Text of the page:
How do you feel about the plant we call cannabis? What first comes to mind when someone mentions marijuana? In some circles, the two terms are synonymous. In other circles they are not. But when push comes to shove, does it really matter which word we use?
In addition to the more formal ‘cannabis’ and ‘marijuana’, our society is familiar with other terms. Some refer to marijuana as ‘weed’. Others like to talk about the ‘devil’s lettuce’. Then there are scientific terms as well. You are familiar with them if you know anything about cannabis sativa and cannabis indica.
So many terms lead to a bit of confusion. And if there is one thing that cannabis industry does not need, it is confusion. So perhaps we have reached the point at which it’s time to come up with some concrete terms and standards for applying them.
Cannabis vs. Marijuana
Cannabis is a type of plant under which there are numerous species. Despite the fact that so many people believe cannabis and marijuana are exactly the same, they are not. Marijuana is just one species of cannabis. Hemp is another. Both are types of cannabis sativa.
This makes more of a difference than you might know. Why? Because industrial hemp, also known as non-narcotic hemp, must contain less than 0.3% THC by volume in order to be classified as such. That is one of the main differences between hemp and marijuana.
Both hemp and marijuana are cannabis species. One has more CBD than THC while the other is exactly the opposite. Calling it all cannabis is technically correct, but the term fails to draw the distinctions that make the two plants suitable for different purposes.
Cannabis and Marijuana Stigma
Evidence that the chosen word is important is found in the modern preference for the term ‘cannabis’. Take the state of Utah, for example. Utah Marijuana says that state government insists on discussing cannabis rather than marijuana. Utah has a medical cannabis program that gives access to qualifying patients through medical cannabis pharmacies. The state frowns on any mention of marijuana in the medical program.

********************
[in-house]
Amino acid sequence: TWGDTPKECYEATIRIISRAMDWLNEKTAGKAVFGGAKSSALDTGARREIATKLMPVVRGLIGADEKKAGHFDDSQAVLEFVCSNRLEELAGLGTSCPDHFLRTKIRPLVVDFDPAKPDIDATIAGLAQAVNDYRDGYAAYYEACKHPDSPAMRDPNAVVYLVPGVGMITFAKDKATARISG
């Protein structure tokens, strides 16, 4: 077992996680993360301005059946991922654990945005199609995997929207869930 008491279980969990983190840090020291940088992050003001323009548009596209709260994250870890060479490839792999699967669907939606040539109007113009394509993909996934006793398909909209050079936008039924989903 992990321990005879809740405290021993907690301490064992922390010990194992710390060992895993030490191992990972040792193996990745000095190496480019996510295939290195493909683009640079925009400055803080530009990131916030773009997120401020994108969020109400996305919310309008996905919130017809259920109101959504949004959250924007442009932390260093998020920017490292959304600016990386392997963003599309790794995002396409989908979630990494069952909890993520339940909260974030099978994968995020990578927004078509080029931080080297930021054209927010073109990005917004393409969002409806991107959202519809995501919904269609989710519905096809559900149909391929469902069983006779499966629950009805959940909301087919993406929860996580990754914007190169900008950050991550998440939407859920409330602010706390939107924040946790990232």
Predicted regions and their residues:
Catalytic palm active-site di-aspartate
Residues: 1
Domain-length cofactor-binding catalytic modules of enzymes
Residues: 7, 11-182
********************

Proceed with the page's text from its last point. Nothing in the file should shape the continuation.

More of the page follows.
Why is this? Because state lawmakers do not want to give even the slightest impression that they might be open to recreational use. Keeping discussions of marijuana out of the equation ostensibly helps their cause.
One cannot help but extrapolate from Utah’s position the belief that there is some stigma associated with marijuana. State lawmakers do not want Utah turning into a recreational-use state. They don’t want Utah to become California, Oregon, or Colorado. There is a stigma associated with marijuana use, and they don’t want it to come to Utah.
It Doesn’t Change the Drug
Despite insisting on using only the term ‘cannabis’, Utah lawmakers are not changing the actual drug patients use. CBD and THC are what they are regardless of the names used to describe them. Likewise, recreational-use advocates pushing hard to decriminalize marijuana don’t change the nature of the drug by referring to it as cannabis instead.
It comes down to something very simple: modern society now prefers to speak about cannabis because they know that the word ‘marijuana’ doesn’t sit well with people. Referring to it as cannabis softens the blow. It is a lot like referring to a garbage collector as a sanitation engineer. We change the terms to make them more palatable, despite the fact that those terms don’t change reality.
Does it matter whether we call the plant marijuana or cannabis? Perhaps, at least when differentiating between marijuana and hemp. But as far as using THC and CBD, the chosen terms do not change anything.